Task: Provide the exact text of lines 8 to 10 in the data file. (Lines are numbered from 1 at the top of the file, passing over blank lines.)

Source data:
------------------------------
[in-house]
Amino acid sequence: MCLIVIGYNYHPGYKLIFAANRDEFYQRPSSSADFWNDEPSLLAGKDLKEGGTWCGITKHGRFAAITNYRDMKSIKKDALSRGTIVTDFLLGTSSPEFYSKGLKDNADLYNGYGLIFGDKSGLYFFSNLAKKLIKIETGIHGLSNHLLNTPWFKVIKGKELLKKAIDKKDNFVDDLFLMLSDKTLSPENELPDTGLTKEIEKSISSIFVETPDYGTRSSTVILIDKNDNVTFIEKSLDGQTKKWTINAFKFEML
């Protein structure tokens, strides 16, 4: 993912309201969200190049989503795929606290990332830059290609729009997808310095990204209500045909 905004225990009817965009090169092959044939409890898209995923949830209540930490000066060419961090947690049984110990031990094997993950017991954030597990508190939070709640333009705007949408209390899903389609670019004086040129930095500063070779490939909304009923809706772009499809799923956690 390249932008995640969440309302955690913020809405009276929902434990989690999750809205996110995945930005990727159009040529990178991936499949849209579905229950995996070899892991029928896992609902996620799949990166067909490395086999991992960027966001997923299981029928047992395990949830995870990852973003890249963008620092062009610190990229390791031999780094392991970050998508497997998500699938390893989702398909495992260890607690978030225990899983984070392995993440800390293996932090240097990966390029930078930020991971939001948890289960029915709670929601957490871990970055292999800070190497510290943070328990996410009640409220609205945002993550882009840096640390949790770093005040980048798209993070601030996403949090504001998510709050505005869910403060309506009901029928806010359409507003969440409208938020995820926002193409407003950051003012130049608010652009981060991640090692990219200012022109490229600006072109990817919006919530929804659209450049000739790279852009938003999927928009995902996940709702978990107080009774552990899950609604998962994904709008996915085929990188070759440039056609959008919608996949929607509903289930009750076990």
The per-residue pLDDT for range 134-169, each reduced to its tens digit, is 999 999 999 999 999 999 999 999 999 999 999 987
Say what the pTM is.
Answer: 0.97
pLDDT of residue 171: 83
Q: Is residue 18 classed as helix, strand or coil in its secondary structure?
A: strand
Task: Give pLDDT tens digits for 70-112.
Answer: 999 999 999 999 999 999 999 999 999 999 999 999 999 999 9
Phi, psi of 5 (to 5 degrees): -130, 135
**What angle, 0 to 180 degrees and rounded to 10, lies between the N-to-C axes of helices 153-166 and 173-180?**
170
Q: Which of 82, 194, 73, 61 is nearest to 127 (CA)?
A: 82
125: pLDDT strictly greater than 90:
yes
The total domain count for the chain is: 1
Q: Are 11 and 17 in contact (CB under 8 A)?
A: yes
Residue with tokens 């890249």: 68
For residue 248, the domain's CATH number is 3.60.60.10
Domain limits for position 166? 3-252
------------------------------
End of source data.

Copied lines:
Q: Is residue 18 classed as helix, strand or coil in its secondary structure?
A: strand
Task: Give pLDDT tens digits for 70-112.